Fellowship in Action
But fellowship also means “a common life together, showing forth the qualities of Christ’s character”. What this way of life means in reality is the subject of a number of sections examining what it meant for the Philippians and then seeking to apply it to ourselves. The full extent of the Ecclesia’s concern for Paul comes to light when we realise that, despite their poverty, the brethren and sisters sent Epaphroditus on a six-week journey bearing gifts for the imprisoned Apostle. His response was no less in both word and deed. In the light of these and other examples of faithful service, Brother Michael suggests that we may wish to re-examine our own lives with a view to emulating our first-century brethren.
There are lessons for the family in Christ as a family; different ways of preaching are considered; the need for unity through submission to one another, as Euodias and Syntyche are exhorted, is brought out, and so on. The epistle’s many references to practical living in Christ are used to the full in reminding us of what is meant by the Way of Life.
While the basic approach is explanation and commentary, other methods of teaching are also adopted. Each section ends with a series of questions headed “Test yourself”, which means precisely that. Some questions are factual, referring to the section just completed and to which answers are provided at the end of the Guide. Others are more personal, of the kind which involve an element of heart-searching. Key themes are picked out from the text and become the subject of a discourse in their own right. An example of this is “Understanding Prayer”, based on chapter 1:9–11. Throughout the text there are frequent illustrations and maps which enhance the modern and attractive presentation.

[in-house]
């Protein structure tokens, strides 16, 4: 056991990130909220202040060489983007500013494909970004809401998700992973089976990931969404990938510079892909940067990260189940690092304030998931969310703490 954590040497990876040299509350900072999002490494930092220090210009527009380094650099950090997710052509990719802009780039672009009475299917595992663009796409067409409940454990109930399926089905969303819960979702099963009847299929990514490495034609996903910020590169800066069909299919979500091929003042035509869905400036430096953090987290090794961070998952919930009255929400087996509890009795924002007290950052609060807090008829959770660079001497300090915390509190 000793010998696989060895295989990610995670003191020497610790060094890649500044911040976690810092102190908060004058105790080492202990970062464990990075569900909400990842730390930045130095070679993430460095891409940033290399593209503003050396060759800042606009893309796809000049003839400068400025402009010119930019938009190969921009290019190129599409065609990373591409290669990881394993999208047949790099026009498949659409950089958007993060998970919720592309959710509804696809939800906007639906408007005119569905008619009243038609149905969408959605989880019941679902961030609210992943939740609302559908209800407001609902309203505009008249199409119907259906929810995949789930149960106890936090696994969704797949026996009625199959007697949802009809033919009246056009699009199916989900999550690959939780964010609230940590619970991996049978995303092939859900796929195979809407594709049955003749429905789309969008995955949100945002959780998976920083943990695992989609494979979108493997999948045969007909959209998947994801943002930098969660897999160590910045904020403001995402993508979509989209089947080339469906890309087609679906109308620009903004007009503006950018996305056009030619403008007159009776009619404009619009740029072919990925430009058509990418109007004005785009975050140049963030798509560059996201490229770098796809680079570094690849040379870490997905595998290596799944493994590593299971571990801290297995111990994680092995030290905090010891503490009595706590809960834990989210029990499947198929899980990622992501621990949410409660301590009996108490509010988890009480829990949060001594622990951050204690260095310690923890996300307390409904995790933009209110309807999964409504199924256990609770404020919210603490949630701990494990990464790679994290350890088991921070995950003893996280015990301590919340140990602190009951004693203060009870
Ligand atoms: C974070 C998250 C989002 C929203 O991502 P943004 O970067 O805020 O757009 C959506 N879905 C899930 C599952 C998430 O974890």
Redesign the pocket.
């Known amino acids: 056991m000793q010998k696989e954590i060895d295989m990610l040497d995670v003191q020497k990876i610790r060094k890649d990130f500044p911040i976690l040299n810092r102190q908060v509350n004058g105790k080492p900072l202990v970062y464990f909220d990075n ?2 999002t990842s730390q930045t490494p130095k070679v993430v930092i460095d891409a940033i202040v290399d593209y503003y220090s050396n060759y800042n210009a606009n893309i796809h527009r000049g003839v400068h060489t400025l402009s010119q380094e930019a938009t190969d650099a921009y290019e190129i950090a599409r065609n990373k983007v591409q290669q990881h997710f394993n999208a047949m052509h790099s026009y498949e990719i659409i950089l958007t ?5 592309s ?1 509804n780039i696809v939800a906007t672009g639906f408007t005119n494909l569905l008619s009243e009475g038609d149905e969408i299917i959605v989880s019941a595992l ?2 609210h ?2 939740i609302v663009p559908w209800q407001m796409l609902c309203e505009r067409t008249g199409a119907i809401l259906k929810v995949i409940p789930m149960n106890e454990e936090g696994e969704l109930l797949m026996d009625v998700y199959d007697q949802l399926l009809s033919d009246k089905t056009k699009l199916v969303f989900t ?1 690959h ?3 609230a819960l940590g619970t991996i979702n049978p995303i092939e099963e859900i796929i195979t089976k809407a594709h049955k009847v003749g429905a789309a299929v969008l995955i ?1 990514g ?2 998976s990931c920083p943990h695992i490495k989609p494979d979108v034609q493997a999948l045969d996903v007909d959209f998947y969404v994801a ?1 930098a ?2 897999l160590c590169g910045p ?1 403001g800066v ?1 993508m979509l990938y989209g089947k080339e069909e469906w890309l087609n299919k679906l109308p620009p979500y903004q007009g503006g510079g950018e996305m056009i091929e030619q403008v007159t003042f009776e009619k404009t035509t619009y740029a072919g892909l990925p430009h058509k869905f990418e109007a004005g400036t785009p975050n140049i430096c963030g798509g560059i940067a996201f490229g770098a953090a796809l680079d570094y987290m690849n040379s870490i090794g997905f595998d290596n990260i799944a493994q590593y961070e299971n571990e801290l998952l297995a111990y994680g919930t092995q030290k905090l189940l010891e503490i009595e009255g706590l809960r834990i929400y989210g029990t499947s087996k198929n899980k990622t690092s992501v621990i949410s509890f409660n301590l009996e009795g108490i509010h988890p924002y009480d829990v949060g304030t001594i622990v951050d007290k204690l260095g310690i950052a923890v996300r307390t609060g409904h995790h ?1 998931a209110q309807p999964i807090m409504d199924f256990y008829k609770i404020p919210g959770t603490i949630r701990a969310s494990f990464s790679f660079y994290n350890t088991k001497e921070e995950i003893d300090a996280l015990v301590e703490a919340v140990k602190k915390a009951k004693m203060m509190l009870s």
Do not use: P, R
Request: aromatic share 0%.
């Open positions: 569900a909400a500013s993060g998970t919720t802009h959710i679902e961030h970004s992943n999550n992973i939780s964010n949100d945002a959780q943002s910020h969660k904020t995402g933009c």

Who then will benefit from this (and future) Study Guides? It needs to be borne in mind that the intention is to help those who are new to the Scriptures rather than provide detailed exposition for more experienced Bible students. The fact that words such as “Gentile” and “Apostle” are explained is an indication of the overall approach; clearly then, an ideal opportunity for those who have always wanted to undertake Bible study but were unsure as to how to make the first step. Used for private study, group discussion or simply to accompany the readings, the Guide provides a valuable source of information on the Letter to the Philippians. At the same time it introduces a number of Scriptural principles in a brief and concise manner that is particularly refreshing.
But it should not be seen to have a limited readership. Most brethren and sisters will enjoy it; and the practical applications drawn from the studies should be relevant and appealing, particularly to the young. The present writer found it a pleasure and an exhortation and can only endorse the comment that it should be helpful to “those of all ages and experience who enjoy straight-forward, uncomplicated study of the Bible”.